America the Messy Yard Police State

City officials say fliers are causing blight, damage

  Don't these government tyrants have any real criminals to hunt down besides messy yard criminals.


Phoenix-area communities, volunteers fight unwanted garage-sale signs

City officials say fliers are causing blight, damage

by Edythe Jensen - Jan. 29, 2011 12:00 AM

The Arizona Republic

It happens every weekend across the Valley: Bargain hunters follow handmade signs to suburban garage sales, where residents spread their stuff in driveways to raise cash and reduce clutter.

But roadway placards on public property are illegal in most cities and their growing proliferation is causing blight and damage, officials say.

The bans are rarely enforced, and sellers who neglect to pick up their signs when sales end leave them to litter their communities. Duct tape damages or blights traffic-light poles, forcing cities to spend money and hours cleaning and repainting. Signs on the ground blow into landscaping or traffic.

City officials from Gilbert to Glendale estimate that as many as half of the hundreds of weekend garage-sale signs are not removed by Monday, and it's nearly impossible to find the culprits when sales are over.

In Gilbert, sale hosts routinely ignore inscribed warnings on the town's traffic-signal poles that say attaching signs to them is illegal. They tape right over the warning, said Steve Wallace, code-compliance inspector. "It seemed like a good idea, but people ignore them."

Cleaning off the old signs and tape buildup requires hours of work by city crews and harsh chemicals, said Ken Lowery, Gilbert traffic-engineering technician. Duct tape is difficult to remove and often takes the pole's paint with it. The only chemical that can easily do the job is so potent that it "eats through rubber gloves," Lowery said.

Chandler code-enforcement manager Rick Brzuchalski said blight from old garage-sale signs is getting worse and his small staff doesn't have time to patrol subdivision streets. He has put out a plea for neighborhoods to step in and remove them.

Other cities organized volunteers to help.

Glendale trains a handful of dedicated volunteers to drive city vehicles and pick up garage-sale and other illegal signs for four hours on Monday and Tuesday mornings, said Sam McAllen, code-compliance director.

David Gress, 54, has given two years of Tuesday mornings to do this, even though he lives in Phoenix near the Glendale line.

"I don't like seeing all those signs plastered everywhere," he said.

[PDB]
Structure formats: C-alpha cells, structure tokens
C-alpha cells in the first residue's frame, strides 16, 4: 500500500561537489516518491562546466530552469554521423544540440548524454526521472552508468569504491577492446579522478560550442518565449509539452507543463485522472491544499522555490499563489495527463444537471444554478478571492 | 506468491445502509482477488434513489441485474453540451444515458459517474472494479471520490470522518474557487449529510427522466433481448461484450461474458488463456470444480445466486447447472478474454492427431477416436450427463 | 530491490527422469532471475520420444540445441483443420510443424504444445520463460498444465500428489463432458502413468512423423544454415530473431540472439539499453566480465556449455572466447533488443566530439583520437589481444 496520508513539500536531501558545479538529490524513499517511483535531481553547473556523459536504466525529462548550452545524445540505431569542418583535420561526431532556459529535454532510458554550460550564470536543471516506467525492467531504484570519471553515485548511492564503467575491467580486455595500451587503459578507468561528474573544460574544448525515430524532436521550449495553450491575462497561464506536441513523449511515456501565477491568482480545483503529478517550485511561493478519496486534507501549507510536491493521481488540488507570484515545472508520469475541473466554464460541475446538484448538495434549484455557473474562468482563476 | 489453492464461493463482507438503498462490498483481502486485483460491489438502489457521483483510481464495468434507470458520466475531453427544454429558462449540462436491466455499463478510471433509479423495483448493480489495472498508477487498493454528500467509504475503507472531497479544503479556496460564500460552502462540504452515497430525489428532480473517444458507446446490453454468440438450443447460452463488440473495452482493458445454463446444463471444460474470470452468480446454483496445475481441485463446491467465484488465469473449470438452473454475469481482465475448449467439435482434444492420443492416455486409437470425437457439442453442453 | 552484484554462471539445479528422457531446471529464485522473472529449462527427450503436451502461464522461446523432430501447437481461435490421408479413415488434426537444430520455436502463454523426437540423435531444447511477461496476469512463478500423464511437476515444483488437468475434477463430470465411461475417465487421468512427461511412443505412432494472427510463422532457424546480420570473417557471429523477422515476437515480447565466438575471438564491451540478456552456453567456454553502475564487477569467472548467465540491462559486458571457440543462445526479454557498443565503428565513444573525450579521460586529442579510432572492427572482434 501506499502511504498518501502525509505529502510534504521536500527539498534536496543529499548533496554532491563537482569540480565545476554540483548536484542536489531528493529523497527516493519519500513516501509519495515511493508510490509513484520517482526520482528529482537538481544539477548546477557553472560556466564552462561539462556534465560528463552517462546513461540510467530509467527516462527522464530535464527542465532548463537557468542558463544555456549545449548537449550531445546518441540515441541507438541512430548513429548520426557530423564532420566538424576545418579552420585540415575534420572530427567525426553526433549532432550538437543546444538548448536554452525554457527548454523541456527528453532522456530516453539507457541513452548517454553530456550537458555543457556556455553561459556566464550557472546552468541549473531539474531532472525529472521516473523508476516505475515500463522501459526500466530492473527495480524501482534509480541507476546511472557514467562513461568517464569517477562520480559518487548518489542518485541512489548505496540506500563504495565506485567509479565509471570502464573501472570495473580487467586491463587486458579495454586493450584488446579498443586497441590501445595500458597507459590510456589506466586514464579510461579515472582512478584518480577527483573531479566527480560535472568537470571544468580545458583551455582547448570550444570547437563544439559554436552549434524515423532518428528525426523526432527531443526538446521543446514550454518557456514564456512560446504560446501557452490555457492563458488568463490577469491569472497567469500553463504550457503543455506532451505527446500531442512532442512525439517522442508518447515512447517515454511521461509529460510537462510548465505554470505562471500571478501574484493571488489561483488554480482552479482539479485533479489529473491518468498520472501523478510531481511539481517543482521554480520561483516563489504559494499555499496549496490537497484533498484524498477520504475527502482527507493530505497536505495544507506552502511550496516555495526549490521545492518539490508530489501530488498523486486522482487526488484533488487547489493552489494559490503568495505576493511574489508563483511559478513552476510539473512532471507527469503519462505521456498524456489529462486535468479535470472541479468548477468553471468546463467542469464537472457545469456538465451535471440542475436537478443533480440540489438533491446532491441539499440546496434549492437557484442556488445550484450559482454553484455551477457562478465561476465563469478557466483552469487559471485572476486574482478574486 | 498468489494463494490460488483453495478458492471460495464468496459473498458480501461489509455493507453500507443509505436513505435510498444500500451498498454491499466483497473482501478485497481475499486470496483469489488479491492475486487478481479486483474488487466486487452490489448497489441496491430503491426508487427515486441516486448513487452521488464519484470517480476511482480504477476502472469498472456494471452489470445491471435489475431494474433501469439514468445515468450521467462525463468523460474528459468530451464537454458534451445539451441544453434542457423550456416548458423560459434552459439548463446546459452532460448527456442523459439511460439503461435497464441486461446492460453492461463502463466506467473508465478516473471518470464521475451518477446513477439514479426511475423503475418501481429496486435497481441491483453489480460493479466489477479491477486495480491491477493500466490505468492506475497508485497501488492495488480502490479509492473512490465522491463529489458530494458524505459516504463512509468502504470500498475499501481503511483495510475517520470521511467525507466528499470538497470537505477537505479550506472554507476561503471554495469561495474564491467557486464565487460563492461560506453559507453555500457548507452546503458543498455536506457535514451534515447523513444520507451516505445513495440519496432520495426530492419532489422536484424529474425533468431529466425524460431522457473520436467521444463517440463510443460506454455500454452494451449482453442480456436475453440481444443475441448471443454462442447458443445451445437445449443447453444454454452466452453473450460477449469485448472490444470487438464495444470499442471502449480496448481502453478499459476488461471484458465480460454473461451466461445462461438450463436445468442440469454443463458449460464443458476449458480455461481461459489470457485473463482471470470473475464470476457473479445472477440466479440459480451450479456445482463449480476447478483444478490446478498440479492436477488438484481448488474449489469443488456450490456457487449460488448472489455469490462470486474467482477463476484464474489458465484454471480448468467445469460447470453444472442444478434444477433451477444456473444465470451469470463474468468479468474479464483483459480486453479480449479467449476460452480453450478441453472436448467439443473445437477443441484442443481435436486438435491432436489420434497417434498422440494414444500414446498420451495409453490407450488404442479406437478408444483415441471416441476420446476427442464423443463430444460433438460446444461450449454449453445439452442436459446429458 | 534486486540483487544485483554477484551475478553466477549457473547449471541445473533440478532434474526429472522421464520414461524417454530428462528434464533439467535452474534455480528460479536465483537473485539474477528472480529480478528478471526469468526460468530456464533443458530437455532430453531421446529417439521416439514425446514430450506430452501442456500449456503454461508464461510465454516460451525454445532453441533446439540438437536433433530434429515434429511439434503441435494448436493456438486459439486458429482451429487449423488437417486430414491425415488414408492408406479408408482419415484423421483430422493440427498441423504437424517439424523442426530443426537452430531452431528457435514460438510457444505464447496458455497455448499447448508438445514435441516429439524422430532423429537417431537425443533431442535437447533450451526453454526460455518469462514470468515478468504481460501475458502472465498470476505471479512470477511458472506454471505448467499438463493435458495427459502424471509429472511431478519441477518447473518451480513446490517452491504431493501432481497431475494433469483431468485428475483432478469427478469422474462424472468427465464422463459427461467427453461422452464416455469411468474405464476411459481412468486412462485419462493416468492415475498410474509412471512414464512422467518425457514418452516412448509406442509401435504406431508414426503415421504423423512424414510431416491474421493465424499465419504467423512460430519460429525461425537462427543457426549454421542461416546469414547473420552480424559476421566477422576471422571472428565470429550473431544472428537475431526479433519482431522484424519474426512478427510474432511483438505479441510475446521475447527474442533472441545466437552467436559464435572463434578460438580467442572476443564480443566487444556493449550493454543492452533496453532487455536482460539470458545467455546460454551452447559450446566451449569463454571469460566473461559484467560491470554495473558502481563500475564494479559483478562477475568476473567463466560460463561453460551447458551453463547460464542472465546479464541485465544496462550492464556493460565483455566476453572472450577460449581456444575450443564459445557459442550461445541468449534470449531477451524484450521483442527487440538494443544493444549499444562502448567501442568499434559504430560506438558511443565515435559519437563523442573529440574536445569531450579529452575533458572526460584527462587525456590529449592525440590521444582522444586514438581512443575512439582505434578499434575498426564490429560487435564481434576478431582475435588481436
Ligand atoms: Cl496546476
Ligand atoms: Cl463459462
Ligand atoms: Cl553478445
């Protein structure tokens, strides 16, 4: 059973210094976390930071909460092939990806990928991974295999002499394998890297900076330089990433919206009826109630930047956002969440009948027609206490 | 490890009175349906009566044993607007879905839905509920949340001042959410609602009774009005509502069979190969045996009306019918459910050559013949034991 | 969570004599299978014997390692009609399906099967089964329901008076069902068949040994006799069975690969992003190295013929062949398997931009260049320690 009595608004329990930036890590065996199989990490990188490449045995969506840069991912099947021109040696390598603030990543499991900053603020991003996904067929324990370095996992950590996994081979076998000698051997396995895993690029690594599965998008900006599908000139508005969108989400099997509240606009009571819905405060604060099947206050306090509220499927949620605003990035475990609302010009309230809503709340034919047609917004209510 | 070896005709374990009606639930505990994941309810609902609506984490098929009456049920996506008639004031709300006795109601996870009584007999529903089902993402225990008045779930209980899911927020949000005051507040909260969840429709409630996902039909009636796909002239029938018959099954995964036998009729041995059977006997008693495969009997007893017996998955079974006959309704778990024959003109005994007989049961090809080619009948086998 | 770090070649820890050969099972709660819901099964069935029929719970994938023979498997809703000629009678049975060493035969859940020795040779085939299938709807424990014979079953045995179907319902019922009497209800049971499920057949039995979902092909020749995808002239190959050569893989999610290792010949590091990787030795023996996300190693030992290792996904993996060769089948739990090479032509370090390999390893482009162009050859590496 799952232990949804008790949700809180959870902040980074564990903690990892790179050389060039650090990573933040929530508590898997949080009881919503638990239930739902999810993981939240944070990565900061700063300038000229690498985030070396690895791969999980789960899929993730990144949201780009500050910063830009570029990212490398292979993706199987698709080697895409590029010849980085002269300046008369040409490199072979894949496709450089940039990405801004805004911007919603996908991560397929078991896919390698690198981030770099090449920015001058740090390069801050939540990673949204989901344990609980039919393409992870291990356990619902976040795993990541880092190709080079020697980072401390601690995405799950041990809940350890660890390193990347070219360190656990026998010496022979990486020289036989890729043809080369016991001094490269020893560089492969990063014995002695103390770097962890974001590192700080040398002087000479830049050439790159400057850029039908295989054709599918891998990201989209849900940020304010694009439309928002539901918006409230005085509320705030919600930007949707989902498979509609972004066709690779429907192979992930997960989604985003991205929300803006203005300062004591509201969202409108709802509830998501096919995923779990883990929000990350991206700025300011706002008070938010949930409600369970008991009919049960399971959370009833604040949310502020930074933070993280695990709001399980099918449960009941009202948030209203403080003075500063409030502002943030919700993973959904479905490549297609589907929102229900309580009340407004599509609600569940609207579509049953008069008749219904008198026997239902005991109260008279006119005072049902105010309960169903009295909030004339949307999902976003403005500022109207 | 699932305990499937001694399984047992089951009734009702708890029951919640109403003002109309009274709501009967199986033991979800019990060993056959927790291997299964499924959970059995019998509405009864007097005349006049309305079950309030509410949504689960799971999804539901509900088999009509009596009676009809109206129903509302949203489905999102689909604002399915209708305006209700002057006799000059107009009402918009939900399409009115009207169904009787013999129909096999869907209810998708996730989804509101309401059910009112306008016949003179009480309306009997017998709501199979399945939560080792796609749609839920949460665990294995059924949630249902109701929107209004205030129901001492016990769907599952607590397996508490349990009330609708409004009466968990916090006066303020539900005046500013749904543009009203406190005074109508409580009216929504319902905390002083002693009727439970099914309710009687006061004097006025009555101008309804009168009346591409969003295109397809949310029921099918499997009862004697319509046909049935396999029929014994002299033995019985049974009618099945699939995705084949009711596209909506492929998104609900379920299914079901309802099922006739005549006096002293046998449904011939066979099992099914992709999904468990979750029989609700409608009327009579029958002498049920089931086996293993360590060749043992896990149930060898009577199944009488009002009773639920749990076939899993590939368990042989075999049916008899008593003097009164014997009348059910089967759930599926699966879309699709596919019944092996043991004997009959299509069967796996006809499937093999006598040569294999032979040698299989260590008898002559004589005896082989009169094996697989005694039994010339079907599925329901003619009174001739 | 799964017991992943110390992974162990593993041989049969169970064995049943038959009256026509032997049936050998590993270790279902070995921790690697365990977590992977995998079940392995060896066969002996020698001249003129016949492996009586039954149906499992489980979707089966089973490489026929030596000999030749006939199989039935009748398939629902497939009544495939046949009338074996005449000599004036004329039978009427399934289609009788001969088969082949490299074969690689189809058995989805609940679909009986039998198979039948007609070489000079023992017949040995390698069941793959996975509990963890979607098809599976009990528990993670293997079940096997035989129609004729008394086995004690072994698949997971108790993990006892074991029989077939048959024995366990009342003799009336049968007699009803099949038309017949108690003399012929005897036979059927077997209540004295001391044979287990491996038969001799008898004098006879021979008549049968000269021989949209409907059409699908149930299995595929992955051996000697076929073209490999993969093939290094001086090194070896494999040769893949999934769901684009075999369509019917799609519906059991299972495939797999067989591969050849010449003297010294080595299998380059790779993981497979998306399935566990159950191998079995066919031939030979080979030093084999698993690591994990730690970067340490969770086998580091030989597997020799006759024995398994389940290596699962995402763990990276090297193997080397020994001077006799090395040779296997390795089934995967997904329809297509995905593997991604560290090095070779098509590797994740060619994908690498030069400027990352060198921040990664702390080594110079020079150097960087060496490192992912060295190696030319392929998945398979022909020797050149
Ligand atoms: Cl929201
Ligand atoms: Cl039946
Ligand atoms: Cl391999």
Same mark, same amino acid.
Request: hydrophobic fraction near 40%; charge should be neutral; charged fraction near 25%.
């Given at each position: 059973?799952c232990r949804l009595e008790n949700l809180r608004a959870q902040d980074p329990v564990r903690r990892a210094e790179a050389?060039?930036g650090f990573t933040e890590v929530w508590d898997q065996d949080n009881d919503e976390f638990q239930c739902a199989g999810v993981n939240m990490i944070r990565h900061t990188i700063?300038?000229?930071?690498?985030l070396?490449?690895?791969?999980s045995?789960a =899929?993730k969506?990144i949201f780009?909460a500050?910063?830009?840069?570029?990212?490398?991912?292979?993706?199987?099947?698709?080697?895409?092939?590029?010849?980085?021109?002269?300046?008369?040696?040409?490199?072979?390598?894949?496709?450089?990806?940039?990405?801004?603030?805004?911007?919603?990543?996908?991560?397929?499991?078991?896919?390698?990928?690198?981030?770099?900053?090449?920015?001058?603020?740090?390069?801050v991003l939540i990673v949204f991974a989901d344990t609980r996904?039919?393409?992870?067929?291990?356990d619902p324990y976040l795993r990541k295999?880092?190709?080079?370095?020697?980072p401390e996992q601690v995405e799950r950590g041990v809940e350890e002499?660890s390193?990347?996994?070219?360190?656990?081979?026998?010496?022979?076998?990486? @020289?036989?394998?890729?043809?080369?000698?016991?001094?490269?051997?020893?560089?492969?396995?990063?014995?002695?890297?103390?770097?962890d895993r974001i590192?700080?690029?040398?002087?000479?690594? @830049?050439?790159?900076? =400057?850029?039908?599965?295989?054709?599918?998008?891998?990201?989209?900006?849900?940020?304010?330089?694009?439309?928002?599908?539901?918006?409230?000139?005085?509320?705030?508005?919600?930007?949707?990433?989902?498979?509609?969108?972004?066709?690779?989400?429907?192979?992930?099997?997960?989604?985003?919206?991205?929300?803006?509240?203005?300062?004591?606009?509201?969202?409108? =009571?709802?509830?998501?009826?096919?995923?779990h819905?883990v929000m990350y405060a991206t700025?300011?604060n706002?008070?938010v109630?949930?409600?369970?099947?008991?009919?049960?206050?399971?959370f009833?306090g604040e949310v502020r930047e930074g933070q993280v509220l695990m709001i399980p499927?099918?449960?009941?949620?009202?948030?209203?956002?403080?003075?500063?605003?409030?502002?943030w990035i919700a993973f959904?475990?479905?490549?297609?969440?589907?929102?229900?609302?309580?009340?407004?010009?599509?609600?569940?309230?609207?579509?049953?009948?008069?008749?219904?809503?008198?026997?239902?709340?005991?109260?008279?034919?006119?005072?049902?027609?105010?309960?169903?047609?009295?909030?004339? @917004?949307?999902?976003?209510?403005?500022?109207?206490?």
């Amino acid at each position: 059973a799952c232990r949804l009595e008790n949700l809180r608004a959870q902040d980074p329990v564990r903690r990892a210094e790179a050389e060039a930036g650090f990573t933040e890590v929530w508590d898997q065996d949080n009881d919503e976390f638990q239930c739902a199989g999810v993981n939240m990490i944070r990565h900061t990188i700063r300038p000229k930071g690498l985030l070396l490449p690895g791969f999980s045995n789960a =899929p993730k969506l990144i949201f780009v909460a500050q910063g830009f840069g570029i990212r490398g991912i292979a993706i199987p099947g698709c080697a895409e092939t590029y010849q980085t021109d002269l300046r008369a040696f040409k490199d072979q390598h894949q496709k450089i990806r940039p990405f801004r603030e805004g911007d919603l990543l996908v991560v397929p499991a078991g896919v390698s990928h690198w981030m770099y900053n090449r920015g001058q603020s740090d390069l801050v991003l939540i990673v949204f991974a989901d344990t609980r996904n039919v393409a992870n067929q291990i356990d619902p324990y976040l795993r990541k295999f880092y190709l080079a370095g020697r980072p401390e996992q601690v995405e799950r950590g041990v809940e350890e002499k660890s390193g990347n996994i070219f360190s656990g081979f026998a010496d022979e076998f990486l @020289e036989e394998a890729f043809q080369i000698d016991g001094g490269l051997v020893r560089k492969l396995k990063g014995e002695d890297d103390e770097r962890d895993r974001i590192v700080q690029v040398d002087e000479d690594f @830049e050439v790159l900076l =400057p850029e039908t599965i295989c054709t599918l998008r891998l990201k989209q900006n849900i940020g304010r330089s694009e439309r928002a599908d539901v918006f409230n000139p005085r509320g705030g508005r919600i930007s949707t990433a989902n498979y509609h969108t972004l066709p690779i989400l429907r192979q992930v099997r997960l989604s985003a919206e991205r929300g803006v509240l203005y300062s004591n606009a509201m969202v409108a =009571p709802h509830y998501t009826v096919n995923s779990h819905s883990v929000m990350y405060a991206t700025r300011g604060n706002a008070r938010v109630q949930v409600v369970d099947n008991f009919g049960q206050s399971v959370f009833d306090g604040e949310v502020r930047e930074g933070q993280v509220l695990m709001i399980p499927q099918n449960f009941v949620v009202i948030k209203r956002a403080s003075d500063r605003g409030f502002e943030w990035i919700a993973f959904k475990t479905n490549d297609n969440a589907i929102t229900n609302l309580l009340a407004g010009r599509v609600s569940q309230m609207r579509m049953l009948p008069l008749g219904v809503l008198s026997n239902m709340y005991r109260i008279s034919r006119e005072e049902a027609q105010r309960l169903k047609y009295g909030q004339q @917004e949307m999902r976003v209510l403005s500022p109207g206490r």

The cleanup has become such a habit that when he's "off duty," he said he frequently stops his truck to grab garage-sale signs.

Gress rattles off the challenges to removing those attached to poles: "There's packaging tape, duct tape, masking tape, red masonry tape . . . some people use zip ties and wire, which is why we carry side snippers."

The most difficult - and dangerous - to retrieve are those along busy streets in center medians. Gress and other Glendale volunteers wear safety vests and drive vehicles with flashing lights.

Gilbert doesn't do volunteer sign cleanups because of the safety issues and worries about confrontations with sign owners, Wallace said.

Phoenix also uses volunteers for quarterly sign "sweeps" but is known for tough enforcement and citations issued by police that carry $250 fines.

"If a sign is a traffic hazard, covers a stop sign or is in a place where drivers can't see around it to make turns," that brings a citation if police can determine who put it there, said Sgt. Jeff Brandenberger.

That can be difficult to prove. "A lot of people are getting smart and don't put their address on them; they're just an arrow with 'garage sale,' " he said.

Mesa volunteer Grady VanNoy, 47, organizes monthly sign cleanups and maps routes for other volunteers so all areas are covered.

"I've lived in Mesa all my life, seen it go from a really nice place to live to kind of a dump," he said.

City development official Tammy Albright said VanNoy and about 40 other volunteers are so passionate about clearing the city of illegal signs that what began as quarterly cleanups has turned into monthly events.

"They really keep those small signs under control," she said.

Aggressive confiscation keeps post-weekend garage-sale sign litter under control in Tempe, said Jeff Tamulevich, code-enforcement administrator. City workers remove illegal signs daily, including weekends, when sales are popular, he said. Those that avoid confiscation on Saturday and Sunday are usually retrieved by sale hosts before Monday morning, he said. "Because they know, come Monday, we will pick them up. I think people are having more garage sales in this economy and they reuse the signs."


America the Messy Yard Police State